From Pine View Farm

Survival of the Fattest 3

Pay attention to their actions; ignore their words.

The Republican definition of “fiscal responsibility” is “make the rich richer and the poor poorer.”

Colbert King:

Remember last fall when House Republicans, led by Minority Leader John Boehner, whined that they were forced to kill the Bush administration’s bank bailout bill because Speaker Nancy Pelosi had given a speech that hurt their feelings?

Well, they are back with another howler — and a reminder why the GOP is no longer the nation’s dominant political party.

This week, House Republicans voted in lock step against President Obama’s economic stimulus package, using as one excuse their deep concern about the impact of government spending on the future debt burden of America’s “children and grandchildren.”


In their slavish devotion to Hooverism, today’s Republicans are repeating the mistakes that banished their party to the political wilderness in the ’30s.

Boehner and his colleagues should worry less about what today’s children and grandchildren will inherit from an Obama administration and spend more time trying to undo the present-day lessons taught by business chieftains, to wit, that:

  • Need and greed are synonymous. (How else do they give themselves $20 billion in bonuses as their companies sink in a sea of red ink?)
  • Government bailouts trump creating and saving jobs.
  • Business tax credits are superior to investment in programs that repair holes in the social safety net.



  1. Bill

    January 31, 2009 at 10:13 am

    Rep. Mike Castle is no right wing republican toady. If anything, he has a reputation for not bowing to the republican party leadership. He voted against the House stimulus plan. Eleven democrats also voted against the plan.

    “I am concerned that this bill does not represent an effective plan to ensure our economic recovery….This bill merely throws money at the problem by expanding existing programs. We have not taken the time to fully understand the nature and the full scope of the collapse of our economy, and we have not taken the time to understand how to target the problems with innovative solutions.” – Rep. Paul Kanjorsk, D-PA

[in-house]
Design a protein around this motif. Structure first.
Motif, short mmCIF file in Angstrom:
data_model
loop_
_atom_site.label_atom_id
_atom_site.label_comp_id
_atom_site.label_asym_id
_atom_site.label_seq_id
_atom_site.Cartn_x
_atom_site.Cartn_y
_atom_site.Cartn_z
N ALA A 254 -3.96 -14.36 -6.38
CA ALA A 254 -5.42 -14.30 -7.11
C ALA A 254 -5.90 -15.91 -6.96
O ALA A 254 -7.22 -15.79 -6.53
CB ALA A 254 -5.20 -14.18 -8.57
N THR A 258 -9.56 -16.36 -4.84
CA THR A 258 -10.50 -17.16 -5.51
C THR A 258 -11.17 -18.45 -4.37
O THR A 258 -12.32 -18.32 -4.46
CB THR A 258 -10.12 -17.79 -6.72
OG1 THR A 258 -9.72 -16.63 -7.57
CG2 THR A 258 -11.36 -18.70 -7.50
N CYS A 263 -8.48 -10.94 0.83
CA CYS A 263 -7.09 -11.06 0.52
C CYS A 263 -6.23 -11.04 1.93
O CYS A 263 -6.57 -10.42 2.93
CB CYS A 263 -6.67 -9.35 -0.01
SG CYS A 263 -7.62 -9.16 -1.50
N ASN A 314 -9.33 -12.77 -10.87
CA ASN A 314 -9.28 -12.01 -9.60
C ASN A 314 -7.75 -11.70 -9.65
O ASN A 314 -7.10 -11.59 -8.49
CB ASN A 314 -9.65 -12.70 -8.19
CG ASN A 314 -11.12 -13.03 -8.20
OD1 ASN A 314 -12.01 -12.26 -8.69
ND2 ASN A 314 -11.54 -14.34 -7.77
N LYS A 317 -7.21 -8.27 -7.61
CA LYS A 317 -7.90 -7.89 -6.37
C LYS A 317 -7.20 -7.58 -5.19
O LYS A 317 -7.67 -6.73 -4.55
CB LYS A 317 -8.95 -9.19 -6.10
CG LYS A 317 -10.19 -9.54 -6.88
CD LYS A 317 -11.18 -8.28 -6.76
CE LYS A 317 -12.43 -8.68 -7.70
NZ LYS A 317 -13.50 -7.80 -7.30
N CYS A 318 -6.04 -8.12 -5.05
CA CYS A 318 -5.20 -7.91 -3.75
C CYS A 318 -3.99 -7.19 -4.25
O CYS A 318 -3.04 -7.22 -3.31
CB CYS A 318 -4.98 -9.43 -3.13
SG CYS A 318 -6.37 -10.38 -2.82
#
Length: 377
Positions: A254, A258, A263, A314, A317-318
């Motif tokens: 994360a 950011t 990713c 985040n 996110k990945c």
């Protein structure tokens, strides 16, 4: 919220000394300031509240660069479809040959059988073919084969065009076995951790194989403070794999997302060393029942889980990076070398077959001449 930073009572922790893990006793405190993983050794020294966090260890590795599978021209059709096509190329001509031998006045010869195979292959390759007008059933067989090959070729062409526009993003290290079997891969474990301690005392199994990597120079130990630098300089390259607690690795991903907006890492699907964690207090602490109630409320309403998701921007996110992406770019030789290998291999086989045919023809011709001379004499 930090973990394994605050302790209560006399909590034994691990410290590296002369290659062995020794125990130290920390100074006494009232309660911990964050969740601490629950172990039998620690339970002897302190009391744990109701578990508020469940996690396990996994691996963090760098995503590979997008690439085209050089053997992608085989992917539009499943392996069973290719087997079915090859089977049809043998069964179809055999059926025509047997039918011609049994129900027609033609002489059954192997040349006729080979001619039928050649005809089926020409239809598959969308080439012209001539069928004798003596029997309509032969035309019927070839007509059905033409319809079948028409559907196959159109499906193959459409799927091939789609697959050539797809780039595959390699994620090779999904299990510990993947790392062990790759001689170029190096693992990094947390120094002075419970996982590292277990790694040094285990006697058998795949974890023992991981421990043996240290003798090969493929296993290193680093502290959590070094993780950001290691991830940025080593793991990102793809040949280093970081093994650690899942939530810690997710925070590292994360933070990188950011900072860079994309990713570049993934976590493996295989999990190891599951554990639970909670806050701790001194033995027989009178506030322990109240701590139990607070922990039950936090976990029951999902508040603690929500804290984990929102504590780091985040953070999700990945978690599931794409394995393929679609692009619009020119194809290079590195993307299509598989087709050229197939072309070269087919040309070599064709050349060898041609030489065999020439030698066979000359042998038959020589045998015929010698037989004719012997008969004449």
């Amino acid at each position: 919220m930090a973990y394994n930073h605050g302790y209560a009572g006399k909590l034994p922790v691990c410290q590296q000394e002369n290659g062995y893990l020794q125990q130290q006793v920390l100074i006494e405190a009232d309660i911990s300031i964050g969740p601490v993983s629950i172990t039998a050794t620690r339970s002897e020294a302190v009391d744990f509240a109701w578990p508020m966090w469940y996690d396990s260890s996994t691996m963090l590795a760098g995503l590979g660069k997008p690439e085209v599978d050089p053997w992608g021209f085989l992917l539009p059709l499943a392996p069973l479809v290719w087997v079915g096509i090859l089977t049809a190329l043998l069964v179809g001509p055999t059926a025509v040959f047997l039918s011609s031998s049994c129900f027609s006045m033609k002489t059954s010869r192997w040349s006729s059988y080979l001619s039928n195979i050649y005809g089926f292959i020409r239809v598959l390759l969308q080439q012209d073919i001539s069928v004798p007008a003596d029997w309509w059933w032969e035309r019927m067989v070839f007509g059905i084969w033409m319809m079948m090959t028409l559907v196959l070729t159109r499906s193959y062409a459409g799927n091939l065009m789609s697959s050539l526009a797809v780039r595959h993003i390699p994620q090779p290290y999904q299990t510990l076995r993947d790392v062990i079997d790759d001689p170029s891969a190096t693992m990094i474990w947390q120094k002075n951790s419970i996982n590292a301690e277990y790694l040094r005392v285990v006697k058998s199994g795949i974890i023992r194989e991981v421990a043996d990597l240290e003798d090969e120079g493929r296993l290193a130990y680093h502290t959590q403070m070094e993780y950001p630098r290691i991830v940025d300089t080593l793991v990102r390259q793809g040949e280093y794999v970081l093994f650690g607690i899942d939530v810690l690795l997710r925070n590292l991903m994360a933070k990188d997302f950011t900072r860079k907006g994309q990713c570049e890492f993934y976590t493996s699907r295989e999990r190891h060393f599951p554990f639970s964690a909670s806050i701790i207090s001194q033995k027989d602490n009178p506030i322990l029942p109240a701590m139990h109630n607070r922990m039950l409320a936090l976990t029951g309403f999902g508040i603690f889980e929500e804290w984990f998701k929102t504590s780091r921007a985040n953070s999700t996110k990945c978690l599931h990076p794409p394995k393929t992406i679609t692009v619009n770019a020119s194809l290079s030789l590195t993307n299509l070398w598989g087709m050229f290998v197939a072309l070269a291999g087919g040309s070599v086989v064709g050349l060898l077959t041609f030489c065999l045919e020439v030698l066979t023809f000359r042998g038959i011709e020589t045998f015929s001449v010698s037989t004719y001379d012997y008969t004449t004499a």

Small businesses are responsible for creating 80% of the jobs in this country. There is precious little in the House stimulus package to directed to small businesses. I’ll bet the plan that emerges from the Senate will be much different.

  2. Karen

    January 31, 2009 at 10:23 am

    I haven’t heard anything about help for homeowners, either. What they’ve pasted together doesn’t seem complete.

  3. Bill

    January 31, 2009 at 9:57 pm

    There is nothing in the bill to help folks who are upside down or otherwise struggling with their mortgages. Some folks brought that on themselves by using their homes as ATM machines, but that’s a lesson we need to learn from for the future and just move on for now. Rather than targeted tax credits for buying existing homes and/or energy efficient cars and trucks, the House took the easy route: give everything to everybody.

    Housing is the engine that drives our economy (it used to be manufacturing and industry, but those days are long gone). Until the housing market is stabilized and folks have mortgages they can live with, no amount of stimulus will help. Throw all the money you want to at “infrastructure” projects, banks, bankrupt state governments, the arts, rural broadband, etc. and you may as well flush it down the toilet…it won’t help.